Language of the Blues: SLOW DRAG


This is the latest installment of our weekly series The Language of the Blues, in which author and rock musician Debra Devi explores the meaning of a word or phrase found in the blues.

Grab a signed copy of Devi’s entertaining & award-winning glossary The Language of the Blues: From Alcorub to Zuzu (Foreword by Dr. John) at Also available as an eBook.

In The Land Where the Blues Began, musicologist and producer Alan Lomax described a party in the Delta countryside late one sultry summer night. The party was in a little wooden shack and “from it came a deep, powerful rhythm, as if someone were beating a huge drum yonder in the moonlit cotton patch.”

Once inside, Lomax realized the rhythm was coming from the shuffling feet of dancing couples glued together belly to belly, thigh to thigh, their arms wrapped tightly around each other’s necks. They were grinding their hips together slowly as they dragged their feet along the floor, doing a dance called the slow drag. The slow drag was also called “the blues.” There were other juke-joint dances like struttin’ (a more upbeat slow drag), the snake hips, the shimmy, and the funky butt, but after midnight it was all about the slow drag.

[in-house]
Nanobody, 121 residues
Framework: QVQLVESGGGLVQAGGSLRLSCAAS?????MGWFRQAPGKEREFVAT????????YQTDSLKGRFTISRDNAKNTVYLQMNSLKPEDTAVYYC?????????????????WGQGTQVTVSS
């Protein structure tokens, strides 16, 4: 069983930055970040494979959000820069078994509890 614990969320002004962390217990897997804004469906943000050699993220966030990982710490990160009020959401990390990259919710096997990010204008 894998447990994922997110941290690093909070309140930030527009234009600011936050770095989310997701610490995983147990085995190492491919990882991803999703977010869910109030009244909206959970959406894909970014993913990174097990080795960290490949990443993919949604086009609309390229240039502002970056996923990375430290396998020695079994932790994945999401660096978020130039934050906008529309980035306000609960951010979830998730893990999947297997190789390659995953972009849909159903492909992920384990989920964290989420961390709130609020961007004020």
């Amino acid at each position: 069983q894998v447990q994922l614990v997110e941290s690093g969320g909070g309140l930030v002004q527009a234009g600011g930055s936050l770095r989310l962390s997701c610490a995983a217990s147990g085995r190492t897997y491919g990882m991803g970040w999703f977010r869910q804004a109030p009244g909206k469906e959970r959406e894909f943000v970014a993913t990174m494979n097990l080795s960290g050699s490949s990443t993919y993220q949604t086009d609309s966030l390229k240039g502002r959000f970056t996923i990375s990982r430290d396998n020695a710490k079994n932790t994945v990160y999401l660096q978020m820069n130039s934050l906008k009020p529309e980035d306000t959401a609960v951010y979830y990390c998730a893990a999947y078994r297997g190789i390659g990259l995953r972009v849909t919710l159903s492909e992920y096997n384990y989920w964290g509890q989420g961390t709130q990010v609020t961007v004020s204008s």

“Slowly, with bent knees and with the whole shoe soles flat to the floor, they dragged their feet along its surface, emphasizing the off beat, so that the whole house vibrated like a drum,” Lomax wrote. The dancers were moving to the music of a man playing guitar and singing the blues. At his side was a young boy dragging the head of a broom over the rough wooden floorboards in time to the bluesman’s beat.

The slow drag is the earliest known blues partner dance, dating from the early 1900s. Dragging the feet along the floor was a response to the prohibition Sanctified preachers laid down against dancing outside church walls.

LOTB_SunflowerSlowDragJoplinCoverThis prohibition had its roots in the earliest years of slavery. Enslaved West Africans were rather shocked by such licentious European partner dances as reels and quadrilles, as West African dances did not involve holding a partner of the opposite sex so close. African priests who had been enslaved spread the word that their people were not to engage in any dance that involved crossing the feet in the style of European partner dances.

Africans–and, later, African Americans–worked around these prohibitions by shuffling or dragging the feet in rhythmic “non-dances,” such as the ring shout, the calenda, the chica, and the juba. African American preachers determined to keep their flock from the devilish temptation of courtship dances perpetuated the ban.

By gluing their feet to the floor, Saturday night slow drag dancers kept to the letter of the preachers’ edict, if not the spirit, while incorporating the undulating pelvic movements of African dance to dangerous effect.

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“Slow Drag”- Charles “Cow Cow” Davenport
“Slow Drag Blues”- Jay McShann
“Sunflower Slow Drag”- Scott Joplin

Cow Cow Davenport – “Slow Drag”

“What Is Slow drag?”